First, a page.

Decomposition constants (k) for above-ground logs and stumps and sub-surface coarse roots originating from harvested old-growth forest (estimated age 400–600 y) were assessed by volume–density change methods along a 70-y chronosequence of clearcuts on the Wind River Ranger District, Washington, USA. Principal species sampled were Tsuga heterophylla and Pseudotsuga menziesii. Wood and bark tissue densities were weighted by sample fraction, adjusted for fragmentation, then regressed to determine k by tissue type for each species. After accounting for stand age, no significant differences were found between log and stump density within species, but P. menziesii decomposed more slowly (k = 0.015·y−1) than T. heterophylla (k = 0.036·y−1), a species pattern repeated both above- and below-ground. Small-diameter (1–3 cm) P. menziesii roots decomposed faster (k = 0.014·y−1) than large-diameter (3–8 cm) roots (k = 0.008·y−1), a pattern echoed by T. heterophylla roots (1–3 cm, k = 0.023·y−1; 3–8 cm, k = 0.017·y−1), suggesting a relationship between diameter and k. Given our mean k and mean mass of coarse woody debris stores in each stand (determined earlier), we estimate decomposing logs, stumps, and snags are releasing back to the atmosphere between 0.3 and 0.9 Mg C·ha−1·y−1 (assuming all coarse woody debris is P. menziesii) or 0.8–2.3 Mg C·ha−1·y−1 (assuming all coarse woody debris is T. heterophylla). Including coarse roots increases these loss calculations (averages of all decomposition classes for the study year) to 0.5–1.9 Mg C·ha−1·y−1 or 1.0–3.5 Mg C·ha−1·y−1, respectively. Our results support substitution of log k in C flux models when stump k is unknown. Substitution of log k for coarse root k could, however, substantially overestimate C flux back to the atmosphere from these forests.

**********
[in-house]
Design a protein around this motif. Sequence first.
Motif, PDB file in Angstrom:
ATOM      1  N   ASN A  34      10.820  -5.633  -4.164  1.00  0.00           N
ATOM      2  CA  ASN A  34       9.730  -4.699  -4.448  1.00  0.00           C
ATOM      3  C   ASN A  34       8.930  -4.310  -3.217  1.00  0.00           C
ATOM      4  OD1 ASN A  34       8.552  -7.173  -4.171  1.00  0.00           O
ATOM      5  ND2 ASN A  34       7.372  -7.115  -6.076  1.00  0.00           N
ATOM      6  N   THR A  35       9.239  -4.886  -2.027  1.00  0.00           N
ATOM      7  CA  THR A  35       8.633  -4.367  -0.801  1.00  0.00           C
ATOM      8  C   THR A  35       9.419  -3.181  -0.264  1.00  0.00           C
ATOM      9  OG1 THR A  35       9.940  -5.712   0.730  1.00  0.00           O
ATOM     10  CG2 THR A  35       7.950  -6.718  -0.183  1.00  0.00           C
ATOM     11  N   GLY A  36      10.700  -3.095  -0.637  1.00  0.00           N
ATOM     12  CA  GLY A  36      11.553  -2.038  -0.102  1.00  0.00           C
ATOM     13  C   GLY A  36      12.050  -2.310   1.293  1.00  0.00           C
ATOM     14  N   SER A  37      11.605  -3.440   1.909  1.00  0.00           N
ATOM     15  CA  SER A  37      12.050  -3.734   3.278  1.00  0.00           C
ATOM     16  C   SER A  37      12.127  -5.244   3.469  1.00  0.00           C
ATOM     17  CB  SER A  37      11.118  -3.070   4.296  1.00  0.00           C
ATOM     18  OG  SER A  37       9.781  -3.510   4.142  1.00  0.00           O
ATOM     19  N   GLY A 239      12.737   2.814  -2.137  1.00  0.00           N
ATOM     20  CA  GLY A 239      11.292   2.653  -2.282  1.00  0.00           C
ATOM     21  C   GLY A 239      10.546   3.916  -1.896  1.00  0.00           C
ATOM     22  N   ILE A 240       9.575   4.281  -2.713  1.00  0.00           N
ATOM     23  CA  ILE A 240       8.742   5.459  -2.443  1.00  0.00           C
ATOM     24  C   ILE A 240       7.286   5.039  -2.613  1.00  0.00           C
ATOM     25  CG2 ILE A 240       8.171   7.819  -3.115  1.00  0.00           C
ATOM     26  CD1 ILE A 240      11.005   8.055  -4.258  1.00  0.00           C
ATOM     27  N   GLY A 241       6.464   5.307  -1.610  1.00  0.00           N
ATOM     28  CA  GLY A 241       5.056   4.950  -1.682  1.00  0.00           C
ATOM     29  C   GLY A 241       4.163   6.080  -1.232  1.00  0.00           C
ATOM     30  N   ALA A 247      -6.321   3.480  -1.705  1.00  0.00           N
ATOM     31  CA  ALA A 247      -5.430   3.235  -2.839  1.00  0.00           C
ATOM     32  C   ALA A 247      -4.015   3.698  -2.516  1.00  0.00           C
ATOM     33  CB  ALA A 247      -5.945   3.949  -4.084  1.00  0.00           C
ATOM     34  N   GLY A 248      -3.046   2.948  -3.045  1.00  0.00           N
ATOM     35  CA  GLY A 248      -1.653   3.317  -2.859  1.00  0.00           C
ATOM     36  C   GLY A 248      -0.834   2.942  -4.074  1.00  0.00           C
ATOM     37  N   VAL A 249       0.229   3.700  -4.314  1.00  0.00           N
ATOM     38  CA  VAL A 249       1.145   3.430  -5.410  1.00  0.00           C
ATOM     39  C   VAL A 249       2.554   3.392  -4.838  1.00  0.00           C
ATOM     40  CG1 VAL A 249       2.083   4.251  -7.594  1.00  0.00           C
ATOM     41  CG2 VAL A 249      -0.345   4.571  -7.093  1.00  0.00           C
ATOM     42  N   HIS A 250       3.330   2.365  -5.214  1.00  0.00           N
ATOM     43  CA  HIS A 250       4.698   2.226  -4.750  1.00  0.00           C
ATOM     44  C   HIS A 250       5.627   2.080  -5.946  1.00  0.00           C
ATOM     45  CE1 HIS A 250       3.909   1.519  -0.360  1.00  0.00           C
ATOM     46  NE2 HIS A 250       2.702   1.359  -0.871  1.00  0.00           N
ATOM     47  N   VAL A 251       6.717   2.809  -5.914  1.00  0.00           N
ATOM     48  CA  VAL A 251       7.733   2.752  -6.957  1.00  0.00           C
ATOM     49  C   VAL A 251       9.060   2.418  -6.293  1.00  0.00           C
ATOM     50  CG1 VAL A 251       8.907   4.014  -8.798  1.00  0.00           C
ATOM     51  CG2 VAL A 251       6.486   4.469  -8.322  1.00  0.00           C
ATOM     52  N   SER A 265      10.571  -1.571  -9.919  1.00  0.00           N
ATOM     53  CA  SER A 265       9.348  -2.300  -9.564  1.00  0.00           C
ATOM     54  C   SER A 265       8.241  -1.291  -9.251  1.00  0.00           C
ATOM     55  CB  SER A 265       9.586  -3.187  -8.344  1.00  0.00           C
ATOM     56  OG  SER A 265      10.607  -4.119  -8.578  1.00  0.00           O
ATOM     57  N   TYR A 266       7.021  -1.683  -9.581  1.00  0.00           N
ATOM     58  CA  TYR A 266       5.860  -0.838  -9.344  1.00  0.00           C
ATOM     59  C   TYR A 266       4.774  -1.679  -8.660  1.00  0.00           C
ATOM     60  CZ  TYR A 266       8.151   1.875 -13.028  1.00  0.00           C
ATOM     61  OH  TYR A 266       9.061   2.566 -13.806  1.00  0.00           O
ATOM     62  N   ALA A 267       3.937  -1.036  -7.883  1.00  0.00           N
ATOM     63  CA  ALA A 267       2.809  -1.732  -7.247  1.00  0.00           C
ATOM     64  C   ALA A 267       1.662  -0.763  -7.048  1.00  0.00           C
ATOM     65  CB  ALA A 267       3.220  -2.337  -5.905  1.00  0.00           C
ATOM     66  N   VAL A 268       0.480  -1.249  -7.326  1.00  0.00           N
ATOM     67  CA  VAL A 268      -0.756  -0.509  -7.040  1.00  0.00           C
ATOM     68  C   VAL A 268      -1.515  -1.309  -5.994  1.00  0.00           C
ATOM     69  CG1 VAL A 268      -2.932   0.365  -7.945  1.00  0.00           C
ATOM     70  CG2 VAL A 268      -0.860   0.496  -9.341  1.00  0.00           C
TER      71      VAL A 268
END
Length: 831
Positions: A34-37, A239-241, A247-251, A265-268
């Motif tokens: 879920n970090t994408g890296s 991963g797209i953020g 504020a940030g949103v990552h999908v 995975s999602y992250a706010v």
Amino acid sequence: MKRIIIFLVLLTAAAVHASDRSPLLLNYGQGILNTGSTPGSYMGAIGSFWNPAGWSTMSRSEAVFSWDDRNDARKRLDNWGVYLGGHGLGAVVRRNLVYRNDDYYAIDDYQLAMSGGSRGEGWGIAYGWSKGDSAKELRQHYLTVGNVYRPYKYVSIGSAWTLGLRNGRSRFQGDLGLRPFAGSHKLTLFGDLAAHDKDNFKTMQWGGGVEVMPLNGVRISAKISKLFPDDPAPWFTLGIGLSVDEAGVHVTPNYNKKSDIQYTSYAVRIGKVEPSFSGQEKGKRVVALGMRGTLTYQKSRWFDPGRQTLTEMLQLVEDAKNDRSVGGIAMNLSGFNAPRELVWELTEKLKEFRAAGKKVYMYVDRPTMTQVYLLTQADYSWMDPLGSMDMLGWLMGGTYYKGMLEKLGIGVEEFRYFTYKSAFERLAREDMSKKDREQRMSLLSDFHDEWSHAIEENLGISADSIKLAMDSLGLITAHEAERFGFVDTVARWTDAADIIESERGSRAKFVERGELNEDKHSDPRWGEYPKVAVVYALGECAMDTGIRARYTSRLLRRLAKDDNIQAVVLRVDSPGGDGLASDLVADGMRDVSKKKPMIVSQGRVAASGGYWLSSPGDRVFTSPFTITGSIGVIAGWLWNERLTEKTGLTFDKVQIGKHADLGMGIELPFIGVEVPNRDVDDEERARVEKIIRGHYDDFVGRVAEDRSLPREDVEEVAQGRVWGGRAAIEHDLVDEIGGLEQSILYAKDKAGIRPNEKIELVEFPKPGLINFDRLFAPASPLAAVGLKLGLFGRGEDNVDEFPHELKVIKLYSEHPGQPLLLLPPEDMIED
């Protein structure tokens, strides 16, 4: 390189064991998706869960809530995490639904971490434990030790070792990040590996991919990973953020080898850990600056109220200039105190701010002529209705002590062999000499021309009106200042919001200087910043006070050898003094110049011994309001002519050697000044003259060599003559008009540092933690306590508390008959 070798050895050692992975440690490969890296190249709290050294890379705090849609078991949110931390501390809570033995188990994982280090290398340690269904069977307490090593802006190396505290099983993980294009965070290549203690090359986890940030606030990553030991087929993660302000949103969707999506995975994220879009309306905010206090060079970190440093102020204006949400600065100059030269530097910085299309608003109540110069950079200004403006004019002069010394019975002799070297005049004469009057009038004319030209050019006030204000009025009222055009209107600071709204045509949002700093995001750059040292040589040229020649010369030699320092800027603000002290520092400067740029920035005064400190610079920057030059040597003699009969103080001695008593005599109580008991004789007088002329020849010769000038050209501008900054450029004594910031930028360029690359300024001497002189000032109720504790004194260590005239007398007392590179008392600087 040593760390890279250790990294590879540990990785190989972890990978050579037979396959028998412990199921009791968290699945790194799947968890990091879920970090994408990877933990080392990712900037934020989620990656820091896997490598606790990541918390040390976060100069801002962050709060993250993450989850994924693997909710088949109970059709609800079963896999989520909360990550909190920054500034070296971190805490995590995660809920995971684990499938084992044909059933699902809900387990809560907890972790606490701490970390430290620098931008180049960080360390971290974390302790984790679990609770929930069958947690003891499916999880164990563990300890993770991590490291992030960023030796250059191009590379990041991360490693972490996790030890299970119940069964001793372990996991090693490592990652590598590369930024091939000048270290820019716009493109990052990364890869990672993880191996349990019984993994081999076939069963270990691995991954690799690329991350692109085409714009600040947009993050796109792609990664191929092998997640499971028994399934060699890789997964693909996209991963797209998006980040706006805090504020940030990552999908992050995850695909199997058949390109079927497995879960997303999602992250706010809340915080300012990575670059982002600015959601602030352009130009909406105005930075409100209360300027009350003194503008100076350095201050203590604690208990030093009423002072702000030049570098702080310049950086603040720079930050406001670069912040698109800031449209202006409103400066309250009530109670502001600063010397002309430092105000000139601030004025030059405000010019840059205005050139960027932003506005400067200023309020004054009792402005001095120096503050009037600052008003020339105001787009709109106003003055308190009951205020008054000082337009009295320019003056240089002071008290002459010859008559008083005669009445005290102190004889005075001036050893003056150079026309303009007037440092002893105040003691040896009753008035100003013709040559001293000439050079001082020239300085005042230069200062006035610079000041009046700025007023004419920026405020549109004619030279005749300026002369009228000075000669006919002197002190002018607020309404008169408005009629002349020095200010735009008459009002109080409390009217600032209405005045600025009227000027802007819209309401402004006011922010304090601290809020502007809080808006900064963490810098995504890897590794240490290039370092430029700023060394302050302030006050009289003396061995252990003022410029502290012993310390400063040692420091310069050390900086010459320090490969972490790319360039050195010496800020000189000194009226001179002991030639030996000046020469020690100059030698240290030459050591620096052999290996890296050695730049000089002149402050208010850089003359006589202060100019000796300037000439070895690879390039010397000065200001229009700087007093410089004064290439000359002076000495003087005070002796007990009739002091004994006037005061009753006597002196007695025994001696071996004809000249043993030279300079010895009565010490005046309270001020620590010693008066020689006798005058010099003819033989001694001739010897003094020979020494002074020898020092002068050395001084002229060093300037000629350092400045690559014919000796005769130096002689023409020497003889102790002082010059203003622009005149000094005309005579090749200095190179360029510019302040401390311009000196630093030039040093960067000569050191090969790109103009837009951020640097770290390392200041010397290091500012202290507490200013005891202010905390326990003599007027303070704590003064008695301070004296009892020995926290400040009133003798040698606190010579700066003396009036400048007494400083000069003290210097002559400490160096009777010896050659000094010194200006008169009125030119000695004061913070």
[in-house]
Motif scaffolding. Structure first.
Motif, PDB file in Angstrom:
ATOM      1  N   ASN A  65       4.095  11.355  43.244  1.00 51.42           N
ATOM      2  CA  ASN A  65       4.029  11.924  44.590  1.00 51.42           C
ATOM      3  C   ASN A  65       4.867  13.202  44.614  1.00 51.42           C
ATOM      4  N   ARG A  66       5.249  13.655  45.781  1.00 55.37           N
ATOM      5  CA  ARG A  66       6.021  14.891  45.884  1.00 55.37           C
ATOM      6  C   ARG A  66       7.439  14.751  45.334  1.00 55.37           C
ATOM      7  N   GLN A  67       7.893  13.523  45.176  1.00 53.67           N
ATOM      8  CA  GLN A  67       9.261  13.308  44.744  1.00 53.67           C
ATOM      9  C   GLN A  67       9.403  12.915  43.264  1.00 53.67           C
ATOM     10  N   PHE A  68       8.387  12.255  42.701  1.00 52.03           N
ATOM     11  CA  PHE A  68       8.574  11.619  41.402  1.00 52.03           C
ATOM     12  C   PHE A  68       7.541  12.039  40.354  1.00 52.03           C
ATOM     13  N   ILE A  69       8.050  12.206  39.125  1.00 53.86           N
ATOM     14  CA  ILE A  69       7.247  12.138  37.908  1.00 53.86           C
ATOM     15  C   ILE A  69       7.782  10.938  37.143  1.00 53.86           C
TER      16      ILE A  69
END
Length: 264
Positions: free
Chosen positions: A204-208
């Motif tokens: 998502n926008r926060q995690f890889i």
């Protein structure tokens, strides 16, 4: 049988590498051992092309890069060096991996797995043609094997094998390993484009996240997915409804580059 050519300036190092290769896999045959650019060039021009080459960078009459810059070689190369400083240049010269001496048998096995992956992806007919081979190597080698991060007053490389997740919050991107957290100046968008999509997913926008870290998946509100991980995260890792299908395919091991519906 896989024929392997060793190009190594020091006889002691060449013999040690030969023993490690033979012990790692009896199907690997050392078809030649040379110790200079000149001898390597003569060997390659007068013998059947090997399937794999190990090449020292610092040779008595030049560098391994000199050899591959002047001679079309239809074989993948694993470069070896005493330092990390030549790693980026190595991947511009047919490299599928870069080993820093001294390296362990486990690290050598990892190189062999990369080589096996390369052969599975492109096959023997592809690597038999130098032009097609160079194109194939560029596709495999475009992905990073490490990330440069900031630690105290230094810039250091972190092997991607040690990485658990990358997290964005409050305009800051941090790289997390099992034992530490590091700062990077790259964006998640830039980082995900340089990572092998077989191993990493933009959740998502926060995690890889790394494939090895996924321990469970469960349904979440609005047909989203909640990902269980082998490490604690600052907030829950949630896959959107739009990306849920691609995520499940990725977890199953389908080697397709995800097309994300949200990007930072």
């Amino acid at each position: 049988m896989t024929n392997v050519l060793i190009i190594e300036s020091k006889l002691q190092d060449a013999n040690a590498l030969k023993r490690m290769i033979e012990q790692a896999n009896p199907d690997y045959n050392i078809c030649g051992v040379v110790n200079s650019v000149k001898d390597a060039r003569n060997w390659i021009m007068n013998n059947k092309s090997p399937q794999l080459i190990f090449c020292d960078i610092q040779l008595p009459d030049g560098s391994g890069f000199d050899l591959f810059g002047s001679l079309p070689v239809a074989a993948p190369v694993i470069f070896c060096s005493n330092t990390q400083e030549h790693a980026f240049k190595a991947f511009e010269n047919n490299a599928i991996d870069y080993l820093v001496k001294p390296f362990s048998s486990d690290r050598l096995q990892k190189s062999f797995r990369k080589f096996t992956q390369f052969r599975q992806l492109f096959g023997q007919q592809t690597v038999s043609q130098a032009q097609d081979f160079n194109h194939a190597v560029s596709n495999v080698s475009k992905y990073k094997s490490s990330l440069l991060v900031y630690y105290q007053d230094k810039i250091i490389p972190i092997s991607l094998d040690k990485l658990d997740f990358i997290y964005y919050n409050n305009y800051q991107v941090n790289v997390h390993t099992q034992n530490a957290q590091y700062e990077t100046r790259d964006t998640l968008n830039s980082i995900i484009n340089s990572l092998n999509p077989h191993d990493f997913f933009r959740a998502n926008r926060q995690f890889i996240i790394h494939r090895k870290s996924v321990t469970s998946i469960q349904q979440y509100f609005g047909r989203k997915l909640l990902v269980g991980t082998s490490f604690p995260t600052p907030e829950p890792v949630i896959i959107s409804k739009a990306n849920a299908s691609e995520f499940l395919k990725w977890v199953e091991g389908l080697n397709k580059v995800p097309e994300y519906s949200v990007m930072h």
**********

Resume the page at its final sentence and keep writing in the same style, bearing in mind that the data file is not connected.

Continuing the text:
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Vol. 12 • No. 2